“If you don’t measure, you can’t improve”
Dr. Paul Kurdyak is Medical Director of Performance Improvement and Director of Health Outcomes and Performance Evaluation in the Institute for Mental Health Policy Research at CAMH. He is also Lead of the Mental Health and Addictions Research Program at the Institute for Clinical Evaluative Sciences (ICES). In this Q&A, he explains how a commitment to measurement is driving improvements in mental health and addictions care across the health care system and at CAMH.
Why is it important to measure service use and performance in the mental health and addictions system?
Measurement is important because it shows whether services are being delivered effectively and equitably. Until recent years, the mental health system lagged behind the overall health care system in its ability to measure outcomes. If we aren’t able to measure, there’s no way to strategically identify and improve where there are gaps in care, or to respond to changes in demand.
For example, one of our recent studies showed a 32 per cent increase in emergency department (ED) visits by children and youth with mental health and addictions problems over six years. This suggests there is a lack of access to community care to treat individuals through outpatient services, so parents are bringing their kids to the ED instead. By providing this evidence to health planners, it can help inform their decision-making to address this issue.
I’m also co-chair of a task force that selected a core set of mental health and addictions performance indicators for Ontario. These indicators were selected to show system performance in relation to being client-centred, safe, timely and efficient, as well as effective and equitable.
Investments in the health care system have an impact, so it’s in all of our interests to ensure we’re making wise choices.
How do you decide what to measure?
A useful measure has to be easily understood by patients and providers. This is why it’s important to have public and client engagement in developing health care system indicators. It is important to select measures that tell us something about areas we want to change or get better at. We measure what we do so that we can take action to drive quality improvement.
Any measure has to respond to changes, and have the ability to be measured over time. I can provide several examples from our work with the province. We wanted one indicator to show if services were client-centred. For this, we are looking to measure client satisfaction with care. To measure efficiency, we have identified four indicators. One of these is unscheduled emergency department visits within 30 days, and we get the data from the Canadian Institute for Health Information. To measure equity, we can analyze ICES health care use data by geography, income by neighbourhood, immigration status, age and sex.
We try to focus on measuring a few things, and measuring them very well, so we can concentrate efforts on improvement on those measures.
How are these findings applied to make improvements?
Measurement is just the beginning. It is part of the quality improvement cycle. Once you identify a need, you have to identify a plan to address the need and implement it. Then you measure the outcome, and the cycle continues. There needs to be an ongoing commitment to measuring and improving over time, which can involve a cultural change in an organization or system.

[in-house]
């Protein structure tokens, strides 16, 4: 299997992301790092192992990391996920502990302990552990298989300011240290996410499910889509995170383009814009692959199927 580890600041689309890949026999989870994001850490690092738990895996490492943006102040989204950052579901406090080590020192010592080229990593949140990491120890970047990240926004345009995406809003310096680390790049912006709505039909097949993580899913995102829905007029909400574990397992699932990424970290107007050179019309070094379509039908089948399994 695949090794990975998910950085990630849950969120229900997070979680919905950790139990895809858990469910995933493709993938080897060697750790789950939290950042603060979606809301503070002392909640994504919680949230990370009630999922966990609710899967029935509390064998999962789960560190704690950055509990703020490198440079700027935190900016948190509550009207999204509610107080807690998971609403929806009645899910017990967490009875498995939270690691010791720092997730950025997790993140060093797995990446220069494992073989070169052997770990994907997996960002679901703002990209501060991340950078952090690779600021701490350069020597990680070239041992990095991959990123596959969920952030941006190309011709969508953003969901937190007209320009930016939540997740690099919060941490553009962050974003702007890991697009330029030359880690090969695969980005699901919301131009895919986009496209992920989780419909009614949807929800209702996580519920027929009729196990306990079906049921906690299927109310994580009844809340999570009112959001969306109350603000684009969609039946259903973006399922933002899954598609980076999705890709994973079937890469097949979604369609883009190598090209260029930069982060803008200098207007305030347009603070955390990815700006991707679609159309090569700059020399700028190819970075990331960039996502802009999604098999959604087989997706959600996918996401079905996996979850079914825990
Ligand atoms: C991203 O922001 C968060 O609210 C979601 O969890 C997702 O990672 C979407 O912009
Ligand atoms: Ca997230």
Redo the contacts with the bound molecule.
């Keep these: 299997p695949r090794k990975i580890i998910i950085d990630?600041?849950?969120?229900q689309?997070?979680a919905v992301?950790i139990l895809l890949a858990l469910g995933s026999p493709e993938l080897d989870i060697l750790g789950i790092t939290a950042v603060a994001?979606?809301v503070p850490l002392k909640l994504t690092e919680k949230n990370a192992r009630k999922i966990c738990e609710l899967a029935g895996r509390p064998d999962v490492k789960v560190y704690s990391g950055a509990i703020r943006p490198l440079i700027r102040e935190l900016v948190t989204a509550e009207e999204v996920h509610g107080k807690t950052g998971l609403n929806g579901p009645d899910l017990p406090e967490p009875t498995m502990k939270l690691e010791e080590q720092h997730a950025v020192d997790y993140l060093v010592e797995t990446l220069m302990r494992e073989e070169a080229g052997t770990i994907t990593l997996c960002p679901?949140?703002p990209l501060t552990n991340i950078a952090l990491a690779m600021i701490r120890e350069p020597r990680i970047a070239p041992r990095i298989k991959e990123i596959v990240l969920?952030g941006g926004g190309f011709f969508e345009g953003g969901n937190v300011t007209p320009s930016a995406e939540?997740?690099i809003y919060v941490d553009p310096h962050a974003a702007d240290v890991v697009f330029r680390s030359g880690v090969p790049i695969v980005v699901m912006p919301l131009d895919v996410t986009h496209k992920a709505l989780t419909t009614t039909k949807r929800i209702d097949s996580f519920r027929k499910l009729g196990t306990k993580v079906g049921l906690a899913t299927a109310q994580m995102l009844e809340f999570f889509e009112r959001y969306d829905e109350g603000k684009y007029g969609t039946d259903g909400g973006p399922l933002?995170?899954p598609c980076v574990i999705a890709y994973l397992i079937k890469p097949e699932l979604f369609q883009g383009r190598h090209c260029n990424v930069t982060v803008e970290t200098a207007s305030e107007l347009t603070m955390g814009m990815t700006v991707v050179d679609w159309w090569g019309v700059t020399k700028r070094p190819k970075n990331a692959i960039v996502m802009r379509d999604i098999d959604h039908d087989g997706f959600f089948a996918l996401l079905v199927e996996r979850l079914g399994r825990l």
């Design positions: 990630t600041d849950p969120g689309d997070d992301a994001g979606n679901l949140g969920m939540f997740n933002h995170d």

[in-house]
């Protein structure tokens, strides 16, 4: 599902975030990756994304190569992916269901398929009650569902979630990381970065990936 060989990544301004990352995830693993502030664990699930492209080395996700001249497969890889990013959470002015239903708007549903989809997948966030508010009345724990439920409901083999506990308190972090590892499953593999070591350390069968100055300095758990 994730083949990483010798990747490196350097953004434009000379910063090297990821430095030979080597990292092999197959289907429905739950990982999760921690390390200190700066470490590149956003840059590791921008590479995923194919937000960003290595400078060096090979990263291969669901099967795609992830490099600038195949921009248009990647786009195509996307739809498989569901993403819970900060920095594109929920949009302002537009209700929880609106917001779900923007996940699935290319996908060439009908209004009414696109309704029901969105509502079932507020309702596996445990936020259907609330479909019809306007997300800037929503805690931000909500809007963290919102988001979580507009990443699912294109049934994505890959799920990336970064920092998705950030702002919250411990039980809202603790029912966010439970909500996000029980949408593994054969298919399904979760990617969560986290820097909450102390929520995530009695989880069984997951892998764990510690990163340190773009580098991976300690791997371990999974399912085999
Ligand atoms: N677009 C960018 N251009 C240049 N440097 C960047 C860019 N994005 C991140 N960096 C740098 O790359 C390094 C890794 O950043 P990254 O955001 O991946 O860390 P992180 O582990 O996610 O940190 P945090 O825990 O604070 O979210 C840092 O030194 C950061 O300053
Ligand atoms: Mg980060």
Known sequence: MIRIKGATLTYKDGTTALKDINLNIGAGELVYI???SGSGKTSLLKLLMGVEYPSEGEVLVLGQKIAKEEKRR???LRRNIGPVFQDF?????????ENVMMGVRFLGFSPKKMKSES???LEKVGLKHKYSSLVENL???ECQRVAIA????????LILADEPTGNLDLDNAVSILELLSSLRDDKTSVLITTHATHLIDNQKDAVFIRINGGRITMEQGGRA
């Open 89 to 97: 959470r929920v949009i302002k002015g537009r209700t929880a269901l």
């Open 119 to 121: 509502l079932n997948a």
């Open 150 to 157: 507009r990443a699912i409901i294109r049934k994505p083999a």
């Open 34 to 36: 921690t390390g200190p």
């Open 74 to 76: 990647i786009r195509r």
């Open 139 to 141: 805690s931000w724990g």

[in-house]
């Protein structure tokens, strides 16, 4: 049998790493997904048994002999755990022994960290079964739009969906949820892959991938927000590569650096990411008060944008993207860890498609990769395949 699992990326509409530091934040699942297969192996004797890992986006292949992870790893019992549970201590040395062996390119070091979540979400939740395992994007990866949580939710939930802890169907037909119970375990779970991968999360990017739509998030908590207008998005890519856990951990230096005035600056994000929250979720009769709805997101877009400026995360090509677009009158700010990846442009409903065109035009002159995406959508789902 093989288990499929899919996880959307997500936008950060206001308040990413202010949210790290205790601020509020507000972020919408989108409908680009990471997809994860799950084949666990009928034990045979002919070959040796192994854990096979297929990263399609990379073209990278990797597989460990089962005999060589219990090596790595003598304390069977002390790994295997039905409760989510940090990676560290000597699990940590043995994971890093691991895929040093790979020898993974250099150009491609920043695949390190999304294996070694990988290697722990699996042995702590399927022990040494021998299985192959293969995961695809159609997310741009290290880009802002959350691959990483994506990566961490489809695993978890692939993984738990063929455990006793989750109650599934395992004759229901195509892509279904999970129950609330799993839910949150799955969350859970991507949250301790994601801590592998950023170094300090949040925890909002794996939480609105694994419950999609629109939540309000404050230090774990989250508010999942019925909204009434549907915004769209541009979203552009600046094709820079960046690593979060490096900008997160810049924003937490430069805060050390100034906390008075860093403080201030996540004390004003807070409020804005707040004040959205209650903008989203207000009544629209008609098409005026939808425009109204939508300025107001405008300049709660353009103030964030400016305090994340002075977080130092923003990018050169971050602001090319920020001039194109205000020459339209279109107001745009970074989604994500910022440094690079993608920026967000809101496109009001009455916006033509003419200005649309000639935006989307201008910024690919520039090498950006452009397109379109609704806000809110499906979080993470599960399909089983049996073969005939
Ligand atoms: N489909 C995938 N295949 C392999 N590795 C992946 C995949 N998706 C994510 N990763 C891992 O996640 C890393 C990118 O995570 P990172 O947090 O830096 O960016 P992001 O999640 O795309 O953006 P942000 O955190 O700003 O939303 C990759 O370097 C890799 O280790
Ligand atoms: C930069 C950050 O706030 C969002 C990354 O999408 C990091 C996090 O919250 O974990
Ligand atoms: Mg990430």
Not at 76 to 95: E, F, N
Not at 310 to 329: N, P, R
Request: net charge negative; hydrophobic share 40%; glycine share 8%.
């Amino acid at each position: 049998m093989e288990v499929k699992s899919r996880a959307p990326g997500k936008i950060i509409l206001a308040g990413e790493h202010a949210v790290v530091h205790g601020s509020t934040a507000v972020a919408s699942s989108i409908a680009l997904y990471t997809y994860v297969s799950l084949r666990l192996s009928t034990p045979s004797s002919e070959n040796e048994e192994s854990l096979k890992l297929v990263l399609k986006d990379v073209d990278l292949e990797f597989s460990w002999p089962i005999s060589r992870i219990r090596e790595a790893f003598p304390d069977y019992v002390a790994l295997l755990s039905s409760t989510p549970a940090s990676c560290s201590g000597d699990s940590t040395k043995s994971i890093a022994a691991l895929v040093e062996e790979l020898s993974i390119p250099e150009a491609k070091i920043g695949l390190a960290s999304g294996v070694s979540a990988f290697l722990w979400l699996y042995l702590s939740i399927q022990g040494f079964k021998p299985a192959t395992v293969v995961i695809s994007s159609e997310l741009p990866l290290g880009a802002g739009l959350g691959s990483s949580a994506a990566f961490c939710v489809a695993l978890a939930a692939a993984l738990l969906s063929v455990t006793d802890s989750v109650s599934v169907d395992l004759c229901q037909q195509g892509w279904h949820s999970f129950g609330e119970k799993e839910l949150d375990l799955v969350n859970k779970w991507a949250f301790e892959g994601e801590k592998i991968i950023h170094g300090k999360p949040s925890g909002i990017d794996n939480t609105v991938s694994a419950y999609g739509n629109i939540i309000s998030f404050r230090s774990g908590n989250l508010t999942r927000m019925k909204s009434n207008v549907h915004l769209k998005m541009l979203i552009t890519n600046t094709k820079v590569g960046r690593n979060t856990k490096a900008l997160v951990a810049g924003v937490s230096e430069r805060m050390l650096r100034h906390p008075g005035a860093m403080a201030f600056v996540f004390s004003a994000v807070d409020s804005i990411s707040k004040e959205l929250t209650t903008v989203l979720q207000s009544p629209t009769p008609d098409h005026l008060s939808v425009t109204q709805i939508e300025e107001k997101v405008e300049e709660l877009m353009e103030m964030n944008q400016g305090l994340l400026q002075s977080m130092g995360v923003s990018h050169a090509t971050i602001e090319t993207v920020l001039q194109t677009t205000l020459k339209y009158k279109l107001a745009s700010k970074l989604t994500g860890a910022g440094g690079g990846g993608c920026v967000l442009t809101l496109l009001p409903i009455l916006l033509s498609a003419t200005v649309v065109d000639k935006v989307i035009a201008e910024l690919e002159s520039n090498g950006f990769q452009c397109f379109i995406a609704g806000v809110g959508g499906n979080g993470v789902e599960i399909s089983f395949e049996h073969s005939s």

Can you describe a positive impact resulting from measurement at CAMH?
One example at CAMH is reduction of restraint use in the emergency department (ED). Everyone got behind this initiative, from CAMH leadership to front-line staff. We had a way to measure outcomes over time. There is a culture of continuous quality improvement. We’ve reduced the use of restraints in the ED by 80 per cent and maintained this reduction.
I am excited to generate more of these quality improvements by measuring and using data; that is what the new Performance Improvement area of CAMH is all about, and why I recently joined the team as Medical Director.
What are the priority areas for you moving forward?
Wait times and access to care continue to be priorities.
One aspect of access to care, and part of our ongoing work, is the availability of psychiatric care. Based on lack of access, people assumed there was a shortage of psychiatrists. Our research showed that’s not true for the entire province. Toronto has a high proportion of psychiatrists. Yet access is a problem, because of how some psychiatrists are practicing: some Toronto psychiatrists aren’t taking new patients, and they’re seeing the same patients, who are generally less ill, repeatedly. In non-urban areas, the relatively fewer number of psychiatrists tend to have more patients and to have to see more new patients. So the issue that needs to be addressed isn’t about the number of psychiatrists in Ontario.
We need a broader debate on the role of psychiatrists in a publicly funded system, so that Ontario psychiatrists are providing accessible and equitable care to all residents who need specialist-level care. That likely means that psychiatrists will have to adopt to new ways of practicing by working in multi-disciplinary teams and by engaging in new modes of care delivery, such as collaborative care practices integrated with primary care.
What are your priority areas at CAMH?
Measuring the outcomes of our clinical activity with patients throughout their patient journey is a key priority. Our patients interact with the health care system in many ways, such as with their family doctors, through our emergency department, or with community agencies. It is important to understand how these different interactions come together and affect outcomes and experiences for our patients.